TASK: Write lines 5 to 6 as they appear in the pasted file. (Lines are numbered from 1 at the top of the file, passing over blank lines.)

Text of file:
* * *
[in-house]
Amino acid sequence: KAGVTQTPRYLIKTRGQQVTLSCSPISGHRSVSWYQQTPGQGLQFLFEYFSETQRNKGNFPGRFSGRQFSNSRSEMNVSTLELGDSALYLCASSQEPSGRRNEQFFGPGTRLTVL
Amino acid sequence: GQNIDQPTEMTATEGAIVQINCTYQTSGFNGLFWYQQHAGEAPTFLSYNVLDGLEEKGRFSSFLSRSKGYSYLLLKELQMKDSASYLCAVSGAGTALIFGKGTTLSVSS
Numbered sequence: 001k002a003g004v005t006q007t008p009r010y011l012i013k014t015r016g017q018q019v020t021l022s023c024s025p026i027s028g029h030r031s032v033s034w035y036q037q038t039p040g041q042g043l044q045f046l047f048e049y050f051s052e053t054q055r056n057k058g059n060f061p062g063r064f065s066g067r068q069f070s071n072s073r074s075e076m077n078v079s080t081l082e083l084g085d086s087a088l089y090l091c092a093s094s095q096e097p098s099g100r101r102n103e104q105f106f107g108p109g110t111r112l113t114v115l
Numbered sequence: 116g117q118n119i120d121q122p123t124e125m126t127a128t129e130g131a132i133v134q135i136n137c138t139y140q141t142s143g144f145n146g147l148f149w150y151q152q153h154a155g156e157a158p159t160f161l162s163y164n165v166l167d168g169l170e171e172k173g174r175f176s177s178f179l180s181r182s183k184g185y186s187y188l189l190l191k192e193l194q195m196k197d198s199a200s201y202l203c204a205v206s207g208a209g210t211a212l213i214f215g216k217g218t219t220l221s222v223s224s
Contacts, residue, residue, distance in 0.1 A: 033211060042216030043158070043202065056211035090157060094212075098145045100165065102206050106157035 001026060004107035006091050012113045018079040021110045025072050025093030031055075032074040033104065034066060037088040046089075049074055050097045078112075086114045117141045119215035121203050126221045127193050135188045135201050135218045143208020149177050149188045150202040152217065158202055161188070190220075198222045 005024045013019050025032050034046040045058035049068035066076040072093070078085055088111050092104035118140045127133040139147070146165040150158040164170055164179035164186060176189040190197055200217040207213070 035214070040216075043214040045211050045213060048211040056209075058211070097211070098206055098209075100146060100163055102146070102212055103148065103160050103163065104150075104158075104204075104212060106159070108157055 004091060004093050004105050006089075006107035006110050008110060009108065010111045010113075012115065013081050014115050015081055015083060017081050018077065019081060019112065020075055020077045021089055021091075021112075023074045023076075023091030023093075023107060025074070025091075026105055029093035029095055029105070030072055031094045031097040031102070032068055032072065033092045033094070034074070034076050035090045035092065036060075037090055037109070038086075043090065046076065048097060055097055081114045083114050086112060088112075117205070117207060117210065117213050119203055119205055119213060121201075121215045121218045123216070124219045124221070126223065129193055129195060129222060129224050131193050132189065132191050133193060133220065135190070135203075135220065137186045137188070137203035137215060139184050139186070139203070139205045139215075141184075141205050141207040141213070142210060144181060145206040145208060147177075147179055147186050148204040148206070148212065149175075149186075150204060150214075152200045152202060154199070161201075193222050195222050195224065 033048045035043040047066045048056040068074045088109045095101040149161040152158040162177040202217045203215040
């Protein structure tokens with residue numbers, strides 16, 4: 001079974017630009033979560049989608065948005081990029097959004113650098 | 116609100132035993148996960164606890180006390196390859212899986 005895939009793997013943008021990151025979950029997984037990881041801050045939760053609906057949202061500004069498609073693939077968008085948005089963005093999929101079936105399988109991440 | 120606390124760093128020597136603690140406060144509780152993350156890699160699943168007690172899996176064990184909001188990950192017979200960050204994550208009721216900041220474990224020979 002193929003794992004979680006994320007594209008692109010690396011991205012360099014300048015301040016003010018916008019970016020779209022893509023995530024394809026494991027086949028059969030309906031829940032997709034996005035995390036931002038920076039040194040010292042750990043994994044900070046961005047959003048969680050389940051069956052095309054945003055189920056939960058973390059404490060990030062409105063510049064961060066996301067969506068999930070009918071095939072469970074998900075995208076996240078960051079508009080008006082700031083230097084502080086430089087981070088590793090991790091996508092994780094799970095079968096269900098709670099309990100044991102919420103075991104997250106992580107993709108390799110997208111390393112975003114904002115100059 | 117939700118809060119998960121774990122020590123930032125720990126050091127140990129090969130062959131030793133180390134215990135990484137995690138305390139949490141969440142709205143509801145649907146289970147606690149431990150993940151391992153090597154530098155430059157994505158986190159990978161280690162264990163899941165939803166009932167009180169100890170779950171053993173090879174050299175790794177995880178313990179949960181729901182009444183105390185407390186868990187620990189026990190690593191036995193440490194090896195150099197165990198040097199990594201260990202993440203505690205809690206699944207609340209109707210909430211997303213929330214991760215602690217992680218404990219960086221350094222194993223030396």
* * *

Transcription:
Numbered sequence: 116g117q118n119i120d121q122p123t124e125m126t127a128t129e130g131a132i133v134q135i136n137c138t139y140q141t142s143g144f145n146g147l148f149w150y151q152q153h154a155g156e157a158p159t160f161l162s163y164n165v166l167d168g169l170e171e172k173g174r175f176s177s178f179l180s181r182s183k184g185y186s187y188l189l190l191k192e193l194q195m196k197d198s199a200s201y202l203c204a205v206s207g208a209g210t211a212l213i214f215g216k217g218t219t220l221s222v223s224s
Contacts, residue, residue, distance in 0.1 A: 033211060042216030043158070043202065056211035090157060094212075098145045100165065102206050106157035 001026060004107035006091050012113045018079040021110045025072050025093030031055075032074040033104065034066060037088040046089075049074055050097045078112075086114045117141045119215035121203050126221045127193050135188045135201050135218045143208020149177050149188045150202040152217065158202055161188070190220075198222045 005024045013019050025032050034046040045058035049068035066076040072093070078085055088111050092104035118140045127133040139147070146165040150158040164170055164179035164186060176189040190197055200217040207213070 035214070040216075043214040045211050045213060048211040056209075058211070097211070098206055098209075100146060100163055102146070102212055103148065103160050103163065104150075104158075104204075104212060106159070108157055 004091060004093050004105050006089075006107035006110050008110060009108065010111045010113075012115065013081050014115050015081055015083060017081050018077065019081060019112065020075055020077045021089055021091075021112075023074045023076075023091030023093075023107060025074070025091075026105055029093035029095055029105070030072055031094045031097040031102070032068055032072065033092045033094070034074070034076050035090045035092065036060075037090055037109070038086075043090065046076065048097060055097055081114045083114050086112060088112075117205070117207060117210065117213050119203055119205055119213060121201075121215045121218045123216070124219045124221070126223065129193055129195060129222060129224050131193050132189065132191050133193060133220065135190070135203075135220065137186045137188070137203035137215060139184050139186070139203070139205045139215075141184075141205050141207040141213070142210060144181060145206040145208060147177075147179055147186050148204040148206070148212065149175075149186075150204060150214075152200045152202060154199070161201075193222050195222050195224065 033048045035043040047066045048056040068074045088109045095101040149161040152158040162177040202217045203215040